References

Be prepared to provide references if requested. References are typically people who can verify your employment and vouch for your performance. A potential employer always thinks that a provided resume is up-to-date. If your references are not up-to-date when the resume is reviewed, your out-of-date list may harm your credibility or frustrate your recruiter.

Honors and Awards

Awards can tell a potential employer that previous employers or other organizations valued your accomplishments. The fact that you or your team received formal recognition for your efforts is a good indicator of your skills and work ethic.

Additional Information

Any information that does not fit in the other resume subject areas but is worth highlighting for a recruiter because of its relevance to the position or because it helps you stand out as a qualified candidate can go in this catch-all area.

Source: VA for Vets

The Marines are set to have the first Black 4-star general in their 246-year history

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Lt. General Langley headshot in full dress

More than 35 years since his career in the U.S. Marine Corps began, Lt. Gen. Michael Langley could reach one of the highest ranks of the military.

Langley faces a confirmation hearing before the Senate Armed Services Committee on Thursday. If confirmed by the Senate, Langley will become the first Black four-star general in the Marines’ 246-year history. He will lead all U.S. military forces in Africa as chief of U.S. Africa Command.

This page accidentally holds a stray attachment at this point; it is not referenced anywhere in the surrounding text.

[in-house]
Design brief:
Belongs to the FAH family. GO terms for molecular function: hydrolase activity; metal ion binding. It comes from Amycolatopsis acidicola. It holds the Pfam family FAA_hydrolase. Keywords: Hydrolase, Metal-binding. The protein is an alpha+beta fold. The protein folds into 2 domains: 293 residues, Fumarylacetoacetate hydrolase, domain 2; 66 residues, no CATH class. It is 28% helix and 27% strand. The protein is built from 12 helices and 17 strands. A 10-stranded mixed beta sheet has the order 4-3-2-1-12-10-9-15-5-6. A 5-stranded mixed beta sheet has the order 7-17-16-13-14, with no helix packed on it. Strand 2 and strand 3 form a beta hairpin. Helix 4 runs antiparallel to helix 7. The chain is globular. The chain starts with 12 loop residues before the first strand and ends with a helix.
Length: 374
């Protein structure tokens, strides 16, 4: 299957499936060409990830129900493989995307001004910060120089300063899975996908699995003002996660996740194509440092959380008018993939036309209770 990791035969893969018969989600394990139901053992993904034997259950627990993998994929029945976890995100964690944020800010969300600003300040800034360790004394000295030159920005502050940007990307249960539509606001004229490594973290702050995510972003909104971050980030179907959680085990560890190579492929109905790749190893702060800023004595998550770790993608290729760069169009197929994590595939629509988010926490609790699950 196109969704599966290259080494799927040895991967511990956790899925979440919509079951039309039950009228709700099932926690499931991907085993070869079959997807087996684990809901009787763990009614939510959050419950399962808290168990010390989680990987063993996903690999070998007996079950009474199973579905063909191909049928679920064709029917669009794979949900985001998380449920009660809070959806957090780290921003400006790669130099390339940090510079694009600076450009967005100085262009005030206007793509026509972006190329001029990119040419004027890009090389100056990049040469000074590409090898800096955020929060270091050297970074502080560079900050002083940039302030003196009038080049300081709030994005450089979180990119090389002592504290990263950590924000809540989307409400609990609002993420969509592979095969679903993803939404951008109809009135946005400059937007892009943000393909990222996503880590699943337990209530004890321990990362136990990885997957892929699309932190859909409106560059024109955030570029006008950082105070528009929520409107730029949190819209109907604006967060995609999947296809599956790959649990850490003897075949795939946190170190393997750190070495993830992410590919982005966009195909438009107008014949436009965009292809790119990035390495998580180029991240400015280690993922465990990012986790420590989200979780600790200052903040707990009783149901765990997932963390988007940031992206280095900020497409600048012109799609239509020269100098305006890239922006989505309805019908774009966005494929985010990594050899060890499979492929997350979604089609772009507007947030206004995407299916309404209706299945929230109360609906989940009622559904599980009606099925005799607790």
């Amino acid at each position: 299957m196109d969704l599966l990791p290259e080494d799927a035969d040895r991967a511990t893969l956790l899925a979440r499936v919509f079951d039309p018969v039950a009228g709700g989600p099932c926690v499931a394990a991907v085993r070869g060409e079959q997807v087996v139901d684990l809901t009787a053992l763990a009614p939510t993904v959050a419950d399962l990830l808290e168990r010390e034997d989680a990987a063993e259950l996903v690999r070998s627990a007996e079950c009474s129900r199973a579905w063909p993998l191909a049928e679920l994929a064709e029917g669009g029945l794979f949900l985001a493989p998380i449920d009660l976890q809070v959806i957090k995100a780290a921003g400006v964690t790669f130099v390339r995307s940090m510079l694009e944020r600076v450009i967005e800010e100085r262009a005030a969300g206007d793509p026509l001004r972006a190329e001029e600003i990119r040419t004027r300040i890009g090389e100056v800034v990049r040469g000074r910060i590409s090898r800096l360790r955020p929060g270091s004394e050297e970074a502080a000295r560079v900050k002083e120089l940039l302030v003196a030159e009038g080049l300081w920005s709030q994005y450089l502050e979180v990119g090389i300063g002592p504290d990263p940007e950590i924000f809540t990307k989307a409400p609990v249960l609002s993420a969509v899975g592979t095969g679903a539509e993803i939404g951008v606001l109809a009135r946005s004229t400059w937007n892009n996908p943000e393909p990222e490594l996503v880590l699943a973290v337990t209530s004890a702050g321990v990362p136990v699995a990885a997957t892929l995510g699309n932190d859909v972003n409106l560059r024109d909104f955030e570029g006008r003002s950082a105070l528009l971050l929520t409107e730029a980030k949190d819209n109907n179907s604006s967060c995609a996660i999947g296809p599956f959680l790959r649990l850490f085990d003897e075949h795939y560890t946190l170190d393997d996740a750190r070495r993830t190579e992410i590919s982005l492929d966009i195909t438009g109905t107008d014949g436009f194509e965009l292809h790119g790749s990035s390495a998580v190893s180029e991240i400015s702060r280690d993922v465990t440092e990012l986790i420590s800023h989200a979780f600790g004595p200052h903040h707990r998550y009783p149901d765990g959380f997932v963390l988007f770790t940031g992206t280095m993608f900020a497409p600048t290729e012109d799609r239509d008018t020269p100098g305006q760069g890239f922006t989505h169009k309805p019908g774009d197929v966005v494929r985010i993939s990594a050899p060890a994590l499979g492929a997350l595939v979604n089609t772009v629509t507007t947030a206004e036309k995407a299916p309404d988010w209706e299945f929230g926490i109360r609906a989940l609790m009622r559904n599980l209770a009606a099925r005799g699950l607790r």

A native of Shreveport, La., and the son of a former, noncommissioned officer in the Air Force, Langley has commanded at every level. His posts included Afghanistan during the war and various posts in Asia and Europe.

He assumed command of U.S. Marine Corps Forces Europe and Africa last year, “after his predecessor was removed amid allegations of using a racial slur for African Americans in front of troops,” according to Stars and Stripes.

He also holds multiple advanced degrees, including masters in National Security Strategic Studies from the U.S. Naval War College and Strategic Studies from the U.S. Army War College.

As of last year, Langley was one of only six Black generals in the Marines, Stars and Stripes reported.

Diversity in the military has been a long-standing issue, and one some leaders have been attempting to address in recent years.

President Harry Truman desegregated the armed forces in 1948.